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Building Products March 2018

DRAINAGE, PLUMBING AND WATER SUPPLY MARCH 2018 | BUILDING PRODUCTS 51 listed buildings. This means the aesthetic of cast iron, bolts and all, can be perfectly replicated without the ongoing repainting cost normally accepted with the use of cast iron. On a more contemporary note, massing, colour and texture are a greater consideration in the overall planning process. This results in designers needing to access a greater range of colours and shapes than can be provided by traditional eaves materials such as PVC, timber or cast iron. There is a greater emphasis on integrated design to minimise the impact rain water goods can have on a building facade, to the point where pipes are being cleverly recessed into walls in public areas or where there are high levels of foot traffic. A designer needs to choose a material that is versatile enough in production to achieve this. It would also be would be fair to assume that, as a result of land prices and changes in planning policy, developers are building ‘up’ rather than ‘out’ these days. The cost of future access means designers are also looking to minimise future maintenance for their clients. Life vs Cost We are regularly supplying our products to schemes where the use of durable eaves materials is written into the employer’s requirements, in particular above two storey height. It could be that asset managers are weighing up the additional cost of durable eaves materials against the cost of labour, access, attendances, consequential damages and the client liaison related to putting a scaffold back up on their building to carry out cyclical maintenance. We believe this is orientating designers towards more durable aluminium material. Sustainability A recent report from the Construction Intelligence Center, Sustainability in Construction, highlighted a surge in demand for construction products that could lower the environmental impact of a building. The research found that 68% of contractors had seen a change in focus from their clients, with many reporting that this shift had occurred over the last five years. Aluminium is one of the world’s most abundant elements and is infinitely recyclable, with three-quarters of all the aluminium produced since 1888 still in use today. Furthermore, the extraction of bauxite ore, from which aluminium is produced, is less damaging to the environment when compared with other materials. Bauxite is found close to the surface, which means that 97% of mines are returned to their original condition. In addition, the amount of electrical energy required to produce aluminium has dropped by 70% since the 1880s, with over half of that energy being generated by renewable sources. Market demand As well as the factors above, it could be argued that innovation is fuelling demand for aluminium eaves products in the UK market. Thanks to new innovations, it is now possible for contractors and installers to use the same approach to setting out, cutting and jointing aluminium eaves products as they have been using for PVC over the last 40 years. The construction industry has seen a clear rise in demand for sustainable and durable solutions. As such, this is an ideal time for specifiers to consider renewable and durable materials with enhanced longevity from environmentally conscious manufacturers. By attending accredited CPDs presented by industry leaders, architects and specifiers can be certain they are up to date on the benefits of aluminium rainwater and eaves systems in order to meet this demand. www.marleyalutec.co.uk Aluminium is infinitely recyclable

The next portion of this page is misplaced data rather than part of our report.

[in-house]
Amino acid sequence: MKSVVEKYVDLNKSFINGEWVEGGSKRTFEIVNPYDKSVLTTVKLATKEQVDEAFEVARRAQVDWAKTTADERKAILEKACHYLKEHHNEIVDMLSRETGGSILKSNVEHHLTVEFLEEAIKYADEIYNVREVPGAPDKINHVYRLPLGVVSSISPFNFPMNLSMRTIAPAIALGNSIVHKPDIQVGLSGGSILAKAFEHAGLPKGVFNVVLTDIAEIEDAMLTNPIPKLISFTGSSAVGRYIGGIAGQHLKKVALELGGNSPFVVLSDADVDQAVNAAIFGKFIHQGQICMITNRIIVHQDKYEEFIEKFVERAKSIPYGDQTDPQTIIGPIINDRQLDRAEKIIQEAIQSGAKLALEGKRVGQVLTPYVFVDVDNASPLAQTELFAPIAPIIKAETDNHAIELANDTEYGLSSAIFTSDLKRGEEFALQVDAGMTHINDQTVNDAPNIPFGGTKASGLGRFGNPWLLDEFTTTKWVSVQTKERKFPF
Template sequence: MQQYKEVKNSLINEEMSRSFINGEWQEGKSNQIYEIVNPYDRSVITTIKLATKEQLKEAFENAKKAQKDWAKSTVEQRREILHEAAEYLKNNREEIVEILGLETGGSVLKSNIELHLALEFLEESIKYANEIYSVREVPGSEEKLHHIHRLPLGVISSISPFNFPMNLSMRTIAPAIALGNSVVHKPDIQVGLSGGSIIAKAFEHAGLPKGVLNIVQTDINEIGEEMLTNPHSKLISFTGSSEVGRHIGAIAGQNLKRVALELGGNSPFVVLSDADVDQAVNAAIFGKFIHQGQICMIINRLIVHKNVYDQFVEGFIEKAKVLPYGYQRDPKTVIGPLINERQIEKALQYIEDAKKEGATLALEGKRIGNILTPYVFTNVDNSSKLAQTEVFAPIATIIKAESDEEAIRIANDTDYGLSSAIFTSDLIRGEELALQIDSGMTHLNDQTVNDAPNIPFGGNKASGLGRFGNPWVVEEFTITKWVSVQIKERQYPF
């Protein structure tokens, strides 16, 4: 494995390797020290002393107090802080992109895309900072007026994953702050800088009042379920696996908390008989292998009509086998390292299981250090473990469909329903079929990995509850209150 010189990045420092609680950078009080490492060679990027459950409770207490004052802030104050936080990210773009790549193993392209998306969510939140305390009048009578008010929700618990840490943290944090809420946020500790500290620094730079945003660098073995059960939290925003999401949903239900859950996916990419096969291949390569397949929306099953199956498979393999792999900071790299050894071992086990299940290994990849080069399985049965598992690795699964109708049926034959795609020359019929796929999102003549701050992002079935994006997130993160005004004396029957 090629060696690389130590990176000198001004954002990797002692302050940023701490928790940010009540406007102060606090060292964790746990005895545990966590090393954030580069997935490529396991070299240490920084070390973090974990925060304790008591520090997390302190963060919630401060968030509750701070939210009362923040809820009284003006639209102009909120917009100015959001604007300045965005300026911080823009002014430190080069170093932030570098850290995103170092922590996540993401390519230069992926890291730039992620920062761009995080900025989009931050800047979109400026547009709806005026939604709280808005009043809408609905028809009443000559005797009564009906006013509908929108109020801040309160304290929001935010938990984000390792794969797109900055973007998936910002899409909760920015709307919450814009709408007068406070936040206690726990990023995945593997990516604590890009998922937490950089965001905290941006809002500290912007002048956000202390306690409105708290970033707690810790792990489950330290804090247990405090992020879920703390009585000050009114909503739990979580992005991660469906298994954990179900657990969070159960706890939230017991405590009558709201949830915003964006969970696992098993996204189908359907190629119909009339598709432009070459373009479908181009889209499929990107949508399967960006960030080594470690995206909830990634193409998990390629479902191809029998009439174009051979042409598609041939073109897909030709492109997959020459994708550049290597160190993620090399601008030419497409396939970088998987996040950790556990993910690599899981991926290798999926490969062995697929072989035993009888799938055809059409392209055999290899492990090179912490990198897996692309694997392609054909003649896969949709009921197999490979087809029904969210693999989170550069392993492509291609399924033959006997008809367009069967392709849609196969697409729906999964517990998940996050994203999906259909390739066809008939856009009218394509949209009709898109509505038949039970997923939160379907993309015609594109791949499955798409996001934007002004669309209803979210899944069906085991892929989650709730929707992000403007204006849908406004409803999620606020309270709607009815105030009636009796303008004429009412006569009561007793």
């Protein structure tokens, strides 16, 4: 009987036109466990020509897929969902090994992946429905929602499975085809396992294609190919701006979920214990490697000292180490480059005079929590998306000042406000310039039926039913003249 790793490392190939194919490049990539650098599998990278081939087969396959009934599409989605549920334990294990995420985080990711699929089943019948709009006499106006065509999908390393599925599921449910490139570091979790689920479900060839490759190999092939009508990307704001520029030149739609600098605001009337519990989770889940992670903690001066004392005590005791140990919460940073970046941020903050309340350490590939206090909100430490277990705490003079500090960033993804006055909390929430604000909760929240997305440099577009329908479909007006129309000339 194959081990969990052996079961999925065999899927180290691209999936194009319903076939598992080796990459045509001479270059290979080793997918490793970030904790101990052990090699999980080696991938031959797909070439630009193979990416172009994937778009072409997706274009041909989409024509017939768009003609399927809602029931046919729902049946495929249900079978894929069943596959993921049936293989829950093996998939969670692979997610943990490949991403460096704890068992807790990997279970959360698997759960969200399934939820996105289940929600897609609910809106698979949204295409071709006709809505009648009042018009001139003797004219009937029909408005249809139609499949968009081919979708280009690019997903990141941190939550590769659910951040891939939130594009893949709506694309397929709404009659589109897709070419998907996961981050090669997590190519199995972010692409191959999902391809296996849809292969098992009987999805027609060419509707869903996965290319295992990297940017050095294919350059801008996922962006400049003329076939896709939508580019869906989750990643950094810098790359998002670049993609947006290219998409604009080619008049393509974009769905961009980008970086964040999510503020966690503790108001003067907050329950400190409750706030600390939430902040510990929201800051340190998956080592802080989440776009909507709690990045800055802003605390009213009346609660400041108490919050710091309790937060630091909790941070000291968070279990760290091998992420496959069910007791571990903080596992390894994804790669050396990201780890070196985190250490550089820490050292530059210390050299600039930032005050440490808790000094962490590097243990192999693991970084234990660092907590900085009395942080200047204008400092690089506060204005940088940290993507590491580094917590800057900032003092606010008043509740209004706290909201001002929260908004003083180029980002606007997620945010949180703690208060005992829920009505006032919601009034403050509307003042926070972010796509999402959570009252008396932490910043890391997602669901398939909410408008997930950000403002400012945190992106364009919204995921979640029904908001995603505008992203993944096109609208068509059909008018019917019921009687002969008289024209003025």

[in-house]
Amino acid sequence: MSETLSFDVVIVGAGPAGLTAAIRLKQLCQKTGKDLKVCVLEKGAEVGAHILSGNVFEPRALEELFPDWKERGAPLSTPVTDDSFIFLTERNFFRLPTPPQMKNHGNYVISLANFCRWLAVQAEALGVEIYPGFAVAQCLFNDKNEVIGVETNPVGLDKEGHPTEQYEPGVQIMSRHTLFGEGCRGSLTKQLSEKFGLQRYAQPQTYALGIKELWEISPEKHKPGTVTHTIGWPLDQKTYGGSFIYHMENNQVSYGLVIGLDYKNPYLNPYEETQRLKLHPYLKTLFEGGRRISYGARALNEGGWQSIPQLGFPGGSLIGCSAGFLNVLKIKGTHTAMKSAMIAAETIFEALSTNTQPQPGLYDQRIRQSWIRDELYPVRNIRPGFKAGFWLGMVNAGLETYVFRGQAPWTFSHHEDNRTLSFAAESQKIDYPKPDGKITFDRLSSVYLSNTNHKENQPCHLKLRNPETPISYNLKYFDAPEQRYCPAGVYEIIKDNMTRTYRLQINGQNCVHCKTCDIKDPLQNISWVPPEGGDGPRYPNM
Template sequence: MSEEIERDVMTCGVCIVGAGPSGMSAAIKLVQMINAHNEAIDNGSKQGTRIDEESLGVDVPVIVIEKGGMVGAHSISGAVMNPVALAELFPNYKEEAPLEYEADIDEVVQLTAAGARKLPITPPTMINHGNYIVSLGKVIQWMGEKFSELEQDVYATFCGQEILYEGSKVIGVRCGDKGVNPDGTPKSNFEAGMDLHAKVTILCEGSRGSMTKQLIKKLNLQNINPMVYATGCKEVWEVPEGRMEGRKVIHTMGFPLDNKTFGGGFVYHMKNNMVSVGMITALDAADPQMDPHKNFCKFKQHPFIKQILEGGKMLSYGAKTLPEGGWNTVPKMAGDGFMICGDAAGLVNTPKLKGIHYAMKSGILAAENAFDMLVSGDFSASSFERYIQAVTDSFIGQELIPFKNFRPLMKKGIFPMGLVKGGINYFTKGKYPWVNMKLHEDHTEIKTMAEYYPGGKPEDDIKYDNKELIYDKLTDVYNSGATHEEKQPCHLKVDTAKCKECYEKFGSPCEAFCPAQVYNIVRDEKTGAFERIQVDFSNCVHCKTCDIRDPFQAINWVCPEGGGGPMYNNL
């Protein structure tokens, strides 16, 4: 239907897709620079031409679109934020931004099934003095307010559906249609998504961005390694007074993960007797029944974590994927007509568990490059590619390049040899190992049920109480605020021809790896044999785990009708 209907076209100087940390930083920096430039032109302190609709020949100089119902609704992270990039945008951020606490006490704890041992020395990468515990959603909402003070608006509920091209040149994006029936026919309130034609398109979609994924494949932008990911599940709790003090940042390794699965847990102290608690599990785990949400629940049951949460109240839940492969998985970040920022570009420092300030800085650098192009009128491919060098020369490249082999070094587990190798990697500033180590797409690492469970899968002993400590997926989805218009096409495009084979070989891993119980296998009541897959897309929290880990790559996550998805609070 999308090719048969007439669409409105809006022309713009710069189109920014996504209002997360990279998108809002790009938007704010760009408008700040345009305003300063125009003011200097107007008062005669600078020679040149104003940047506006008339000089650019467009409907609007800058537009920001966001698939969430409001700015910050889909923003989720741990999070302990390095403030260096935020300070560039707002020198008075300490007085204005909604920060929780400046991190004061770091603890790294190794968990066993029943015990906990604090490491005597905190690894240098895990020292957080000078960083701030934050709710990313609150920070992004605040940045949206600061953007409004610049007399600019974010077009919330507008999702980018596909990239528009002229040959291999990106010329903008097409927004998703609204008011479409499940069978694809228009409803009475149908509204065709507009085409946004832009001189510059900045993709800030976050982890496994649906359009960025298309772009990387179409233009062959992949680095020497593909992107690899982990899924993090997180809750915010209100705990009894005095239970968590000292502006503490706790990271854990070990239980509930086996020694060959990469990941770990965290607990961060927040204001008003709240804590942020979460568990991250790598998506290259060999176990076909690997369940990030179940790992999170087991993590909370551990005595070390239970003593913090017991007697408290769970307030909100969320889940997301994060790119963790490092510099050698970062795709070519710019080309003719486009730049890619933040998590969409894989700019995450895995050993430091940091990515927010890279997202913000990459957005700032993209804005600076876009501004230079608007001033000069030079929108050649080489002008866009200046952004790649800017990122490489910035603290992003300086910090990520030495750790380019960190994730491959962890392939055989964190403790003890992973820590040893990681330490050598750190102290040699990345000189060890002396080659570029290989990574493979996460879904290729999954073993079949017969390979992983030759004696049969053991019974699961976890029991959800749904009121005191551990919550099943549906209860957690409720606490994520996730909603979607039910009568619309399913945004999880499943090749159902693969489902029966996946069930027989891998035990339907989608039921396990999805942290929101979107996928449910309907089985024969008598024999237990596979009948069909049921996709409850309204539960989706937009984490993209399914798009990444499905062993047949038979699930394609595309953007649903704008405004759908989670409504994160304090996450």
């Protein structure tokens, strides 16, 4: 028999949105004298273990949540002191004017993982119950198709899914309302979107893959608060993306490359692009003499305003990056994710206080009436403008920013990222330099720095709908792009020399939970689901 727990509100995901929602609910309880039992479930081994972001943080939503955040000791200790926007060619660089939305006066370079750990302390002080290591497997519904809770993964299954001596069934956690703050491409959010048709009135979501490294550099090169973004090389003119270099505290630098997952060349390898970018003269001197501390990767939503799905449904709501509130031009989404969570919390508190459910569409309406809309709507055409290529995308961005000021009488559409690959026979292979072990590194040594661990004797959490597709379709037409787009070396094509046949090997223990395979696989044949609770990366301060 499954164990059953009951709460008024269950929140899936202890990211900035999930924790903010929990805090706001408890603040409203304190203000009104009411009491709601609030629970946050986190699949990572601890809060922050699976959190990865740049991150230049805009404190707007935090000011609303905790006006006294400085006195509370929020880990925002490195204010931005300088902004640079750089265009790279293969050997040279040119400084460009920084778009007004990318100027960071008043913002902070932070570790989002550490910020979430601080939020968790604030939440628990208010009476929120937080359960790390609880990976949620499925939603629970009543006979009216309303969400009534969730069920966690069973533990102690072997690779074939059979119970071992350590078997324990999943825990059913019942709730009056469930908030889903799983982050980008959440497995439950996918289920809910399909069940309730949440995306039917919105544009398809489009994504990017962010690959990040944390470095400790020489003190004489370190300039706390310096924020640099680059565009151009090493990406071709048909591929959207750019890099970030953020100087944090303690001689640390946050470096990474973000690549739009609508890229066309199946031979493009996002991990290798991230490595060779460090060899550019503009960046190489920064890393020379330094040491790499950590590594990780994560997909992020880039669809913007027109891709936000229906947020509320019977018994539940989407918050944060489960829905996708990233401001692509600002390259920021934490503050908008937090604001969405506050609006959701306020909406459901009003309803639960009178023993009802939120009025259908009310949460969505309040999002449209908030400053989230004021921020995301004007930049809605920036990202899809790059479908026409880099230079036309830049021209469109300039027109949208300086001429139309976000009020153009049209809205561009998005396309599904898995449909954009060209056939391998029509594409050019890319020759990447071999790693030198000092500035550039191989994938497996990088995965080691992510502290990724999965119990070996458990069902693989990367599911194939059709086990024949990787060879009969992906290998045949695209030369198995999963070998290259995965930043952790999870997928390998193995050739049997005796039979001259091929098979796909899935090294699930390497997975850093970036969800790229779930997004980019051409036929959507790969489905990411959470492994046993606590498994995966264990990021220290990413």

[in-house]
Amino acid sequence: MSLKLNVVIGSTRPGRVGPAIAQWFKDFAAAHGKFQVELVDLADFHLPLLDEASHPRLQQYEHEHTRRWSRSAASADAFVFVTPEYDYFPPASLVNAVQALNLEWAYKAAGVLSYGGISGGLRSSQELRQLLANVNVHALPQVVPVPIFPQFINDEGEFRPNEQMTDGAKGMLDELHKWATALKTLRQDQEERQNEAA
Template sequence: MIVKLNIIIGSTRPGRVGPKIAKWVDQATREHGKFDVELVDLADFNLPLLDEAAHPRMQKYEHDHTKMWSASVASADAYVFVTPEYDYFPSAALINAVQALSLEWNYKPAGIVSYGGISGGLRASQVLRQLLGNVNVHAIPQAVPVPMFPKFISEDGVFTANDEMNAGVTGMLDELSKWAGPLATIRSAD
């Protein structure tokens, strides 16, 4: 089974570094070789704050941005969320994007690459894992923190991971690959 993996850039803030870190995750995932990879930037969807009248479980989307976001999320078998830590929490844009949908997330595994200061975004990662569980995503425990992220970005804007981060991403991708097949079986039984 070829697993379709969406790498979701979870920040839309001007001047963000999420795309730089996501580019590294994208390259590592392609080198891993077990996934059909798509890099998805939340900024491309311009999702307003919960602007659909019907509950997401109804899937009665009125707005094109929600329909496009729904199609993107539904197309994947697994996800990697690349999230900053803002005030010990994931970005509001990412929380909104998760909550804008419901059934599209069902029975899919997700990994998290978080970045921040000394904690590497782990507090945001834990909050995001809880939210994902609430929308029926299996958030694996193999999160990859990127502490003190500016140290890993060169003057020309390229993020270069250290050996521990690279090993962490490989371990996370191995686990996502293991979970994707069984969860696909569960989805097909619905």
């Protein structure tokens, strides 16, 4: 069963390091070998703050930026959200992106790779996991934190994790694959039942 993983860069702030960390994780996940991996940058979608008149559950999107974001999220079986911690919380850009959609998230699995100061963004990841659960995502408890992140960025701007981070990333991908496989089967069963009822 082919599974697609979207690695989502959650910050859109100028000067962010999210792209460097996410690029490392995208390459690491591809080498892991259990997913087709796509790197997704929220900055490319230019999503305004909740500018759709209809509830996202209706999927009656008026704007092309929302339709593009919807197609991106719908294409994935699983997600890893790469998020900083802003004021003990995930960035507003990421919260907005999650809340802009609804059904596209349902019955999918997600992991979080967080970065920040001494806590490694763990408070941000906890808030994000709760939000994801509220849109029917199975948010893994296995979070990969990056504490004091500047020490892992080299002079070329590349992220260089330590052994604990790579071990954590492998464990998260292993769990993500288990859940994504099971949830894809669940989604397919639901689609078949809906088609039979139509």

Building Products March 2018
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